While it’s disappointing to see a so-called “self-esteem expert” like Weiner sensationalize her story through negation of the body acceptance movement, it’s also very encouraging to see that there are plenty others who immediately see the problems with that thinking and step up to challenge it.

POSTSCRIPT: First of all, many people have continued to challenge the tenets of Weiner’s piece all over the place–in GLAMOUR’s comments, on Weiner’s Facebook page, in blog posts of their own, so brava! I’m so pleased that people aren’t taking the inaccuracies and mischaracterizations of this piece lying down.

Secondly, several writers have posted that Weiner is starting her own weight loss plan called Conscious Weight Wellness. I’ve read reports that the title is trademarked and will be sold in a book coming out sometime soon. However, Weiner has stated on her Facebook page that she is “NOT selling, hawking, creating, or promoting a diet or weight loss brand”, and indeed the only evidence I’ve found related to this is a conference co-presentation. I wouldn’t be surprised if Weiner did eventually unleash something like this, but there’s no concrete evidence to prove it. But note, she’s still profiting from the incorrect ideas in the piece, through speaking engagements and writing opportunities.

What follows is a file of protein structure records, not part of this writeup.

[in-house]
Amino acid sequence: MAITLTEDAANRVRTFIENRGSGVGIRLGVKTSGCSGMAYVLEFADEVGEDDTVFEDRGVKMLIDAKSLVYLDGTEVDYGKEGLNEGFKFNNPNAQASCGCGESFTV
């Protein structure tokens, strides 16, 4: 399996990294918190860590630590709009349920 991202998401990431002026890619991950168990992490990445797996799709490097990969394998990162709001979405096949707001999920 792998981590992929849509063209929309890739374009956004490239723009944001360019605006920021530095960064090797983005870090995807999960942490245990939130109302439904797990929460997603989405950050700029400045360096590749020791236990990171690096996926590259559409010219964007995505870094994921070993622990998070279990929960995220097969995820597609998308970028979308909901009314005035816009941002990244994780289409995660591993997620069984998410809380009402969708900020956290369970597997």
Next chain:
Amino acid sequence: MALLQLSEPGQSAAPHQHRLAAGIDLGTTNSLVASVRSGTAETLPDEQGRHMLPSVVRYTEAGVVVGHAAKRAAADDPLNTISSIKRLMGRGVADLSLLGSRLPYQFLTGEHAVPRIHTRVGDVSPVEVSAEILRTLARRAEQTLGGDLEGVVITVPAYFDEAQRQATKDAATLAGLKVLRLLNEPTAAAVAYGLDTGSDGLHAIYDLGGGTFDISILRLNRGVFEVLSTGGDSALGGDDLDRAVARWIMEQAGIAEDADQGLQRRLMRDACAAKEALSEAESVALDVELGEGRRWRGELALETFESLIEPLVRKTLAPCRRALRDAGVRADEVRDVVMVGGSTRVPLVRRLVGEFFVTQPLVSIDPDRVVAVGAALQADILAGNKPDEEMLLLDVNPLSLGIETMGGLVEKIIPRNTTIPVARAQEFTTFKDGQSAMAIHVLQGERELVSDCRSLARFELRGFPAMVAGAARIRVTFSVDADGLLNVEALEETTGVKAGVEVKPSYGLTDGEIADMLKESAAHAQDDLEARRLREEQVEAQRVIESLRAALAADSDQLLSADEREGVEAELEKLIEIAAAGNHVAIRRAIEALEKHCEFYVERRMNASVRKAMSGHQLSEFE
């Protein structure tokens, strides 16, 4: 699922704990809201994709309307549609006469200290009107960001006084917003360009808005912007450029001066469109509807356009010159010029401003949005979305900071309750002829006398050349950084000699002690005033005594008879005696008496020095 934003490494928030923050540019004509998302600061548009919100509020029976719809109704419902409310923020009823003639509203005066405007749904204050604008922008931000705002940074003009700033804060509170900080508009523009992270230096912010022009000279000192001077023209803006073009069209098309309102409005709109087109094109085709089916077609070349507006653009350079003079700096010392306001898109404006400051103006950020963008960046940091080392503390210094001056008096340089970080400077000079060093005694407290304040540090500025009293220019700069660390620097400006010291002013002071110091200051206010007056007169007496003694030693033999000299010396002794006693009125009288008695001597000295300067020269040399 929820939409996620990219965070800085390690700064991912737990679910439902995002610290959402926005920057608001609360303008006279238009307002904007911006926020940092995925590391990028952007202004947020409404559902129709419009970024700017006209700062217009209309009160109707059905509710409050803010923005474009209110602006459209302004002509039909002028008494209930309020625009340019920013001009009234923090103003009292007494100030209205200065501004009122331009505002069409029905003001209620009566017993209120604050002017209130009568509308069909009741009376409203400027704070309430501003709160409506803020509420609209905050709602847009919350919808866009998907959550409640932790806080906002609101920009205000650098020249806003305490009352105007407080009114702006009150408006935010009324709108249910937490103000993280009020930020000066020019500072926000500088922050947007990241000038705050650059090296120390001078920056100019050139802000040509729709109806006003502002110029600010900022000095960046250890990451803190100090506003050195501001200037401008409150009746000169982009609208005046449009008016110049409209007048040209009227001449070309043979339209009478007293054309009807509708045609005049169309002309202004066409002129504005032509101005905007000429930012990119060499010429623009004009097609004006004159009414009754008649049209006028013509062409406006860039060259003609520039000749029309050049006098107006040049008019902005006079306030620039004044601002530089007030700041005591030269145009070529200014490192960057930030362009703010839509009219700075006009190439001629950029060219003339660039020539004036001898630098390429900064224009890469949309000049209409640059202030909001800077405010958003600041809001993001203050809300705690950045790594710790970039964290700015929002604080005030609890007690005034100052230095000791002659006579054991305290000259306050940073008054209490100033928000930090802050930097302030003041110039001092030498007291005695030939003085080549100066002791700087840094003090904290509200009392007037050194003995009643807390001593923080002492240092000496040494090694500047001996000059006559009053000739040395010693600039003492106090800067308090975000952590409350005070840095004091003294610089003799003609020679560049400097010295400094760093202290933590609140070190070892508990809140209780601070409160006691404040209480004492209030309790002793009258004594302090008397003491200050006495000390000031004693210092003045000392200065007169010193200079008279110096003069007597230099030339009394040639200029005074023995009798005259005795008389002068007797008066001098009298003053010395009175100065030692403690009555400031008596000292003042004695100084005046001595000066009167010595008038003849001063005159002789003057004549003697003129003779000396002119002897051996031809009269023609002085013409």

Thirdly, GLAMOUR has changed the title of the piece on the website from “Loving My Body Almost Killed Me” to “Did Loving My Body Almost Kill Me?”, and the original post appears not to have been cached. Many of the critiques did emphasize that the title was one of the main problems–and according to Weiner’s JEZEBEL interview with Kate Harding the title came from her, not GLAMOUR–but I gotta say, it’s a bandaid, and it pisses me off almost as much as MARIE CLAIRE ripping down Maura Kelly’s piece on MIKE AND MOLLY. However, I bought the GLAMOUR edition last night, and everything in the print magazine is the same as the original post, with an extra “info box” on the history of weight loss backlash against celebs like Crystal Renn, Jennifer Hudson, and Kelly Osborne.

Fourthly, I’ve decided to give it a rest. Weiner is misguided, and it’s a problem that she’s circulating these misguided ideas, but she’s a victim of the bigger issues, not the cause. Her views are wrong, but the focus needs to go further up.

Lastly, there have been MANY MANY MANY MANY people writing about this. It would be really hard to link to them all. But there are a few posts I want to make sure to remember. Some I support, like the reponses from Marianne Kirby at THE ROTUND and Deb Burgard at HEALTH AT EVERY SIZE; some I do not, like the response from Rosalind Wiseman in the HUFFINGTON POST. Nonetheless, I again remain encrouaged by all the responses that continue to surge aroud this article.

  1. laurijowen said:
  2. laurijowen said:

    Fab article with wonderful insight! Woo hoo! Need more of this!

  3. Jennifer Lynn Jones said: